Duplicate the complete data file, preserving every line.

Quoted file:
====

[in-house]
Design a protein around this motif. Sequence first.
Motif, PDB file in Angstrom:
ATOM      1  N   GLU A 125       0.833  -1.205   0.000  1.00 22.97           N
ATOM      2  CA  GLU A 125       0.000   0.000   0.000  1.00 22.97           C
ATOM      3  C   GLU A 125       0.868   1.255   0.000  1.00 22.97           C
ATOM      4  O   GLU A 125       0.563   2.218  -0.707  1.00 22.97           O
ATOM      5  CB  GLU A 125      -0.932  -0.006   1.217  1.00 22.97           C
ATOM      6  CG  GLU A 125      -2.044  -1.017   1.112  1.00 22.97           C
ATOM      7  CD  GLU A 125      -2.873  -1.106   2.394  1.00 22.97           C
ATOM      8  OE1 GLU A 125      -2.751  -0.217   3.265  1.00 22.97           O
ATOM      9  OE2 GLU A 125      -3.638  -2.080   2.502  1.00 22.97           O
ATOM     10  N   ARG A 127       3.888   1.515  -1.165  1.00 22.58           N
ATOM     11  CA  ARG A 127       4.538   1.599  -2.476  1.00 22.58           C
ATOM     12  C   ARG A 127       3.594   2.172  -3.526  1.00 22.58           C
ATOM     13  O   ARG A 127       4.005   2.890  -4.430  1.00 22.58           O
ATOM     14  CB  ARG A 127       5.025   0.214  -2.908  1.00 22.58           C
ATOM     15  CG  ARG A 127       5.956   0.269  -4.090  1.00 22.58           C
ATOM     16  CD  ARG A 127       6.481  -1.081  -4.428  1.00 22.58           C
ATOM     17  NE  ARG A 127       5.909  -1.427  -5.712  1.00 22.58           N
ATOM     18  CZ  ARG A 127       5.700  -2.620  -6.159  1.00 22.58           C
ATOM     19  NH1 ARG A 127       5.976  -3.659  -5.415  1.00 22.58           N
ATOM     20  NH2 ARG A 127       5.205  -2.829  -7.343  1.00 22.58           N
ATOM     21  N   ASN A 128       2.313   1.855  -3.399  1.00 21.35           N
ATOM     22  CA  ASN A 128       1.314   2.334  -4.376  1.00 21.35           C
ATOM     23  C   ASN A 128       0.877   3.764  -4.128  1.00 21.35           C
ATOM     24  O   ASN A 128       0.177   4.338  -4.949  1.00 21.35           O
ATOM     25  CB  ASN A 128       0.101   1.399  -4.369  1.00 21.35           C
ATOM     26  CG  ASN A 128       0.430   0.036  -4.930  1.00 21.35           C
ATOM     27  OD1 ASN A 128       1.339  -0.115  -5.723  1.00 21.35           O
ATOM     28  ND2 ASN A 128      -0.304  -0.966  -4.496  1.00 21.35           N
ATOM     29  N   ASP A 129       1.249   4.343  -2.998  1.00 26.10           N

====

[in-house]
Design a protein around this motif. Sequence first.
Motif, PDB file in Angstrom:
ATOM      1  N   GLU A 125       0.833  -1.205   0.000  1.00 22.97           N
ATOM      2  CA  GLU A 125       0.000   0.000   0.000  1.00 22.97           C
ATOM      3  C   GLU A 125       0.868   1.255   0.000  1.00 22.97           C
ATOM      4  O   GLU A 125       0.563   2.218  -0.707  1.00 22.97           O
ATOM      5  CB  GLU A 125      -0.932  -0.006   1.217  1.00 22.97           C
ATOM      6  CG  GLU A 125      -2.044  -1.017   1.112  1.00 22.97           C
ATOM      7  CD  GLU A 125      -2.873  -1.106   2.394  1.00 22.97           C
ATOM      8  OE1 GLU A 125      -2.751  -0.217   3.265  1.00 22.97           O
ATOM      9  OE2 GLU A 125      -3.638  -2.080   2.502  1.00 22.97           O
ATOM     10  N   ARG A 127       3.888   1.515  -1.165  1.00 22.58           N
ATOM     11  CA  ARG A 127       4.538   1.599  -2.476  1.00 22.58           C
ATOM     12  C   ARG A 127       3.594   2.172  -3.526  1.00 22.58           C
ATOM     13  O   ARG A 127       4.005   2.890  -4.430  1.00 22.58           O
ATOM     14  CB  ARG A 127       5.025   0.214  -2.908  1.00 22.58           C
ATOM     15  CG  ARG A 127       5.956   0.269  -4.090  1.00 22.58           C
ATOM     16  CD  ARG A 127       6.481  -1.081  -4.428  1.00 22.58           C
ATOM     17  NE  ARG A 127       5.909  -1.427  -5.712  1.00 22.58           N
ATOM     18  CZ  ARG A 127       5.700  -2.620  -6.159  1.00 22.58           C
ATOM     19  NH1 ARG A 127       5.976  -3.659  -5.415  1.00 22.58           N
ATOM     20  NH2 ARG A 127       5.205  -2.829  -7.343  1.00 22.58           N
ATOM     21  N   ASN A 128       2.313   1.855  -3.399  1.00 21.35           N
ATOM     22  CA  ASN A 128       1.314   2.334  -4.376  1.00 21.35           C
ATOM     23  C   ASN A 128       0.877   3.764  -4.128  1.00 21.35           C
ATOM     24  O   ASN A 128       0.177   4.338  -4.949  1.00 21.35           O
ATOM     25  CB  ASN A 128       0.101   1.399  -4.369  1.00 21.35           C
ATOM     26  CG  ASN A 128       0.430   0.036  -4.930  1.00 21.35           C
ATOM     27  OD1 ASN A 128       1.339  -0.115  -5.723  1.00 21.35           O
ATOM     28  ND2 ASN A 128      -0.304  -0.966  -4.496  1.00 21.35           N
ATOM     29  N   ASP A 129       1.249   4.343  -2.998  1.00 26.10           N